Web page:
Friday, March 3, 2017

Snap Inc. IPO Jumps 44% on First Day

Snapchat has, since its release in September of 2011, continuously updated and found new ways to attract its expanding base of users. Most recently, the company was planning on adding functionality to help users find their friends and stay updated during emergency situations. From funny videos to reality-distorting filters, Snapchat has stayed technologically in tune enough to keep boosting demand and stay competitive with other social media networks. This week's L.A. Times article by Tracey Lien, Paresh Dave, and Nina Agrawal detail's Snap Inc.'s initial public offering (IPO) and what it means for the company as a whole.

On Wednesday, Snapchat's stock was priced at $17. Within 24 hours, it leaped to a closing price of $24 on Thursday, where it had peaked at $26 for a short time. That 44% gain is the kind of "pop" that can indicate massive success for a new stock offering. It usually means that the stock is in high demand among investors. However, it could also mean that the company purposely "left money on the table," setting the stock at a price lower than it was worth.

Analysts found that Goldman Sachs, Morgan Stanley, and other big investment banks had orders for 10 times the number of shares Snap was willing to sell, so they could easily have charged more than $17 per share in order to make extra money. However, in raising the cost per share, they risk reducing demand. While one or two dollars extra per share would have been unlikely to have any significant impacts on overall demand, if Snap had chosen to open at $22 or $23 per share, the market would probably have shown much less interest, and it's possible that the stock would have busted.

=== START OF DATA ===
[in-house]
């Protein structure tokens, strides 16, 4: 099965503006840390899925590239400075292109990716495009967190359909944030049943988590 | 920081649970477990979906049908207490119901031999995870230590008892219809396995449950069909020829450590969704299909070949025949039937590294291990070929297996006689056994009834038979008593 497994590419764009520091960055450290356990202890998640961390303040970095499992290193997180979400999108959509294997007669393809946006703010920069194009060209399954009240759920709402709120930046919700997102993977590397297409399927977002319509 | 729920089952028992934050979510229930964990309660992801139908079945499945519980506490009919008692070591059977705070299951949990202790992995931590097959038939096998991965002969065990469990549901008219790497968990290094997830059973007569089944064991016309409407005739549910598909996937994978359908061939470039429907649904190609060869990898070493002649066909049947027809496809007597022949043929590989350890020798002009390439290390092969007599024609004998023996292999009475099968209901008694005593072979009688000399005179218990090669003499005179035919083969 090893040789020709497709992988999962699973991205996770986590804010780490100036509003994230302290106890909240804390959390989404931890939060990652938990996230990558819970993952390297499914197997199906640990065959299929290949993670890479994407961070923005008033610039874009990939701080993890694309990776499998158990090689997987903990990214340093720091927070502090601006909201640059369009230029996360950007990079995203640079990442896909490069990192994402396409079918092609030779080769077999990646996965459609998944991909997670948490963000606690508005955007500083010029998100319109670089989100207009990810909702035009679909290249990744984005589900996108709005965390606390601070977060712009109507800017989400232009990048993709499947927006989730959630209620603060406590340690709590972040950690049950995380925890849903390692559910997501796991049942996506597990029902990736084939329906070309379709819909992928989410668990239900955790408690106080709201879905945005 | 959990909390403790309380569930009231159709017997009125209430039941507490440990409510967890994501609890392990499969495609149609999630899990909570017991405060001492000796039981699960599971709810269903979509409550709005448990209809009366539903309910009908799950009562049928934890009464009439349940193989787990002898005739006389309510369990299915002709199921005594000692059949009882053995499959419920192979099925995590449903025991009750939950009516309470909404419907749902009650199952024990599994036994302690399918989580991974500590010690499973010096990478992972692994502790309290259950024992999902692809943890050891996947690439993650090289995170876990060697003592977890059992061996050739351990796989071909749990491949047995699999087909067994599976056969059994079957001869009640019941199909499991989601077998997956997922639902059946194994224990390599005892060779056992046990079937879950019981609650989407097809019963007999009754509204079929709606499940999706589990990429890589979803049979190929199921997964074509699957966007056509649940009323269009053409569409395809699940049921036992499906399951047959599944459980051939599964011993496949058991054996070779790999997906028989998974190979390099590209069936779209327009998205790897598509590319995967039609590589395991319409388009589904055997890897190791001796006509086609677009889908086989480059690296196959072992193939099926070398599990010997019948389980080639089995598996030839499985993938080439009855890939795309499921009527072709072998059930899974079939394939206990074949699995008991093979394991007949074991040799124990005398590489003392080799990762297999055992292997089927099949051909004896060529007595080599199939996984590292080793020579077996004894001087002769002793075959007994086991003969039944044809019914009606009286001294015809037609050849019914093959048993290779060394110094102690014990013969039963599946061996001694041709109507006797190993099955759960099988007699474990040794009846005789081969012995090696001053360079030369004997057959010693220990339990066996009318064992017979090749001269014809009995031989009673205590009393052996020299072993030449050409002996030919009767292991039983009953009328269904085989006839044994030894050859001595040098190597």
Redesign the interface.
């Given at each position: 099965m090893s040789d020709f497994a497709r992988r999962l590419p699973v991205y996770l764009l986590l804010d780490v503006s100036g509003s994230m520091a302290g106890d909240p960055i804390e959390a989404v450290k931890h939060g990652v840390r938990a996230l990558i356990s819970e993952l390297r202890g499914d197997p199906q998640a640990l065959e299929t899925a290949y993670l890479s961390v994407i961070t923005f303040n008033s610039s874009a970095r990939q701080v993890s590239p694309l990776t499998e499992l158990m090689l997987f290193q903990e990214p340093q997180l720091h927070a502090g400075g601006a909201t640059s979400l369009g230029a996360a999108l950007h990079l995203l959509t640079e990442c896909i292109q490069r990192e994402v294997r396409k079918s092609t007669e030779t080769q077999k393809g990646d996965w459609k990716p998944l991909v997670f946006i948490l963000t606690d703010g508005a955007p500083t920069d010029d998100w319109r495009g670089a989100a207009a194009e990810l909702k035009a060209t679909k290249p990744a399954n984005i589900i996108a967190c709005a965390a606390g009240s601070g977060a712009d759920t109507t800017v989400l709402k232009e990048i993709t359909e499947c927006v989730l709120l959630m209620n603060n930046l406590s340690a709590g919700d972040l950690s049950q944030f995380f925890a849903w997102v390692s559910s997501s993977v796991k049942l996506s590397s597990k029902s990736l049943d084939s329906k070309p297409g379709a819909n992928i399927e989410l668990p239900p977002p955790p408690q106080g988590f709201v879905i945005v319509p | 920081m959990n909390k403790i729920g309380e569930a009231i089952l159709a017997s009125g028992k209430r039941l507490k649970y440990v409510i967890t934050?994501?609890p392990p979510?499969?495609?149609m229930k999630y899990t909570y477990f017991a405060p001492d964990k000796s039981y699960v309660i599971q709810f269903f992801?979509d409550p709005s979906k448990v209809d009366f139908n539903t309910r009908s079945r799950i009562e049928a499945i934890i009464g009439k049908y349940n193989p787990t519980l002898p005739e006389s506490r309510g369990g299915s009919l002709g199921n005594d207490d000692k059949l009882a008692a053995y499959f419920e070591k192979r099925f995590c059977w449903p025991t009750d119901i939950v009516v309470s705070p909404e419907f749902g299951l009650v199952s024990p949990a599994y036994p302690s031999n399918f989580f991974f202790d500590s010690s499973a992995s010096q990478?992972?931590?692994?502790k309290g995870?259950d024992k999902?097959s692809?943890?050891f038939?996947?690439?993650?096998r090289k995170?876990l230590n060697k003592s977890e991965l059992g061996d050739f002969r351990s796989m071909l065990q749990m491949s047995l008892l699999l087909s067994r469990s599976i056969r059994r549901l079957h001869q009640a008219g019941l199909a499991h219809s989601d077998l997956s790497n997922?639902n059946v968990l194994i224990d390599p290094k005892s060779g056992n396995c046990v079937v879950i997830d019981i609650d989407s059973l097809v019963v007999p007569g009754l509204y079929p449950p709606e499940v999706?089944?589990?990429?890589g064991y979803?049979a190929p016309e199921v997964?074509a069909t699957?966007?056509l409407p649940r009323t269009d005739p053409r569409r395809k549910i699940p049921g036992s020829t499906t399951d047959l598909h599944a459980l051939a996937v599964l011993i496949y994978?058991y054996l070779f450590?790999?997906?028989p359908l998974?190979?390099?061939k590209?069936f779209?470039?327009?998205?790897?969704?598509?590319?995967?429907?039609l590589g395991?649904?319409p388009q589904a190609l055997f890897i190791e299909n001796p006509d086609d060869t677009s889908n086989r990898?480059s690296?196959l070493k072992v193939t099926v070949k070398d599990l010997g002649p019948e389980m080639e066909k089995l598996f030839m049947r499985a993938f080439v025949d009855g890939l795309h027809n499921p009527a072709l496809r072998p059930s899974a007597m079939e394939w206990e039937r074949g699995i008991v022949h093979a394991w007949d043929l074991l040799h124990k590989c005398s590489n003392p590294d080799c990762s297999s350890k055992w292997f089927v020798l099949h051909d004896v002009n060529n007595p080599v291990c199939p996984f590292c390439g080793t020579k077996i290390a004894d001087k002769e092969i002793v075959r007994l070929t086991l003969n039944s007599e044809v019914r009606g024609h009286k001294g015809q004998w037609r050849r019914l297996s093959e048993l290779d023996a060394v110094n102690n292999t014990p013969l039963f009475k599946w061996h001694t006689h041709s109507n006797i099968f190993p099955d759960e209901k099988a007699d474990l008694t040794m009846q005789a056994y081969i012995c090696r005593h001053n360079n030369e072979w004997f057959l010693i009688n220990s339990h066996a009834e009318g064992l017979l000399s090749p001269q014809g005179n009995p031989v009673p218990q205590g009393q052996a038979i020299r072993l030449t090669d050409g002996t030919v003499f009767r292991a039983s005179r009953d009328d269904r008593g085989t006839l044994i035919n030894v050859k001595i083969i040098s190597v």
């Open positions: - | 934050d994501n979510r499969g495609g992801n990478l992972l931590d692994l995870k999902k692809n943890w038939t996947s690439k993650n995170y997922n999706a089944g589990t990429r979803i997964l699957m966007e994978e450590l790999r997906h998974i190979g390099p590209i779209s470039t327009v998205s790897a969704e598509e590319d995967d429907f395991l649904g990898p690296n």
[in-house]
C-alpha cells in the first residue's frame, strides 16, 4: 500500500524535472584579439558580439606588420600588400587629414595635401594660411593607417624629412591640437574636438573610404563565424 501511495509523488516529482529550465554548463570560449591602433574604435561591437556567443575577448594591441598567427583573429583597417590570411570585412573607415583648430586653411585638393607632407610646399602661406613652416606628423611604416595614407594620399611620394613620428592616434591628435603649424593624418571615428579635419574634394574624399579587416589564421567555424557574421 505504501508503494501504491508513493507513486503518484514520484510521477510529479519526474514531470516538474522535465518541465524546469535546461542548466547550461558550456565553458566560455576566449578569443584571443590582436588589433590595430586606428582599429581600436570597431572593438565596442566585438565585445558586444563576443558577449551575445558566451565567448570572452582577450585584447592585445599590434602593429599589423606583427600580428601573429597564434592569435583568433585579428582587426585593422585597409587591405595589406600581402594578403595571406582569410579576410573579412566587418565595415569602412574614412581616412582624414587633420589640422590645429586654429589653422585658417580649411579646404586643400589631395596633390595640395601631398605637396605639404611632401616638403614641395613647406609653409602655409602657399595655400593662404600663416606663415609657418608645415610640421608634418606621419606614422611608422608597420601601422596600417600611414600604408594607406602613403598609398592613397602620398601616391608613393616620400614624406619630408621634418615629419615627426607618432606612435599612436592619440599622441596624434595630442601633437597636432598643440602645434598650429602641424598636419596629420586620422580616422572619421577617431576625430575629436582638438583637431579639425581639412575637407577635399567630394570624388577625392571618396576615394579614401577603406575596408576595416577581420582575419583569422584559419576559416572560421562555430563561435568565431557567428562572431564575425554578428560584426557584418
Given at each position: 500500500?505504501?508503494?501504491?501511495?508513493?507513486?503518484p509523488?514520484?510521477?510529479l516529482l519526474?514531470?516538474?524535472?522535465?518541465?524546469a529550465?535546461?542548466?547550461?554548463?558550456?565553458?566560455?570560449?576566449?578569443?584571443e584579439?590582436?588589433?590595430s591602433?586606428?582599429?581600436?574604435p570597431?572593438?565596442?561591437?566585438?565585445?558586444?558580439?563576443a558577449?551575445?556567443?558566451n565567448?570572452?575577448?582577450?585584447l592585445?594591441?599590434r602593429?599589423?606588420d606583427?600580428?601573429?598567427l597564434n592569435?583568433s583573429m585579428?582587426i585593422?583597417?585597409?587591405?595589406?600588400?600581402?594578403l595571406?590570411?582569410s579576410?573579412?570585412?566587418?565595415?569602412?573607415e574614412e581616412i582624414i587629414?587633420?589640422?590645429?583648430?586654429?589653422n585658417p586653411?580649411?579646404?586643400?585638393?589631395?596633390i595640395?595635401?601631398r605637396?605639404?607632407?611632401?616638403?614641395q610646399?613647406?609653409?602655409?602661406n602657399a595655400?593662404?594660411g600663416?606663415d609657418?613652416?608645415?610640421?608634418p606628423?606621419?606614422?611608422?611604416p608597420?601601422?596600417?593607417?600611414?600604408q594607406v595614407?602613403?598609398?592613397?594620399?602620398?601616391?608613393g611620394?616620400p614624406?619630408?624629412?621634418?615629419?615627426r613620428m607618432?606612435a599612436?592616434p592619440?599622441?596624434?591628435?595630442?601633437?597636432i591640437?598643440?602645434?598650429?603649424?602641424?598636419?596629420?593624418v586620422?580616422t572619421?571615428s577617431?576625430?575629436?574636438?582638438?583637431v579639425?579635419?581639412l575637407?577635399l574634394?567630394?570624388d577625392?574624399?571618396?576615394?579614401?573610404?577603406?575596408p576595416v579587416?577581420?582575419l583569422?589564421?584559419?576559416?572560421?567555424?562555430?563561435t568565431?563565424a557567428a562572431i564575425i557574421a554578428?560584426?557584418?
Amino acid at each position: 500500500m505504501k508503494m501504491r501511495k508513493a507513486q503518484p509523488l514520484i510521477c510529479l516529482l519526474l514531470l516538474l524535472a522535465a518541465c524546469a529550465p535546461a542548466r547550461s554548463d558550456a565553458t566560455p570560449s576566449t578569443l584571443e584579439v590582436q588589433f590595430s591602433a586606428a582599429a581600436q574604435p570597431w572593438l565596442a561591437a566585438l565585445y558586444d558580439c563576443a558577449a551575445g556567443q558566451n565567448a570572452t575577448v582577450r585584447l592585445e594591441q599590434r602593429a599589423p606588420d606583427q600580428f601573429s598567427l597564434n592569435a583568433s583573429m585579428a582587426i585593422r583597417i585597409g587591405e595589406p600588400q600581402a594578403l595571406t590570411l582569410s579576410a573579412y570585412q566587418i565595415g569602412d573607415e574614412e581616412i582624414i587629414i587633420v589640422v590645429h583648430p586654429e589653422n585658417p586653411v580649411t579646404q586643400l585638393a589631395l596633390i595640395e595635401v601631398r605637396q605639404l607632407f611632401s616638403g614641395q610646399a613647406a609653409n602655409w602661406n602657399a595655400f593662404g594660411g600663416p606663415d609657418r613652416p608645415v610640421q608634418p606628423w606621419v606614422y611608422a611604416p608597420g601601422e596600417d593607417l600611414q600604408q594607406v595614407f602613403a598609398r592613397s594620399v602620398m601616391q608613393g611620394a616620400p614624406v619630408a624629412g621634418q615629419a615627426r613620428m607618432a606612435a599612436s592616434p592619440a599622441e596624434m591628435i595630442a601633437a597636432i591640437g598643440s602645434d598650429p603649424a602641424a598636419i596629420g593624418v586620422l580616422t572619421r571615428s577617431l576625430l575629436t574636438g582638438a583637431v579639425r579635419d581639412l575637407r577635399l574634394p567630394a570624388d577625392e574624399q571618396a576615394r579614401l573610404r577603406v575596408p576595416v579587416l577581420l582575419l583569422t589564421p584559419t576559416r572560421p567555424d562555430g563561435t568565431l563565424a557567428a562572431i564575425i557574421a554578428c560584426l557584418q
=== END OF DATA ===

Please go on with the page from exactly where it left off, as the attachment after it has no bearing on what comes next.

To many investors, it's far more impressive for a company's stock price to rise rapidly than to stay steady at an already-high price. It was a smart plan for Snap Inc. to set their stock price at a lower level, giving it room to grow. There is a possibility that if they had started it high it may have ended even higher, but in all likelihood, people would have shown much less interest in the company and not bought at such high levels. Either way, however, investors are unhappy if prices fluctuate too much from their original levels. Whether they start high and drop or start low and pop, investors become concerned. Therefore, the best way for a company to keep its investors happy is to try to predict a stock price that will stay steady through its IPO.

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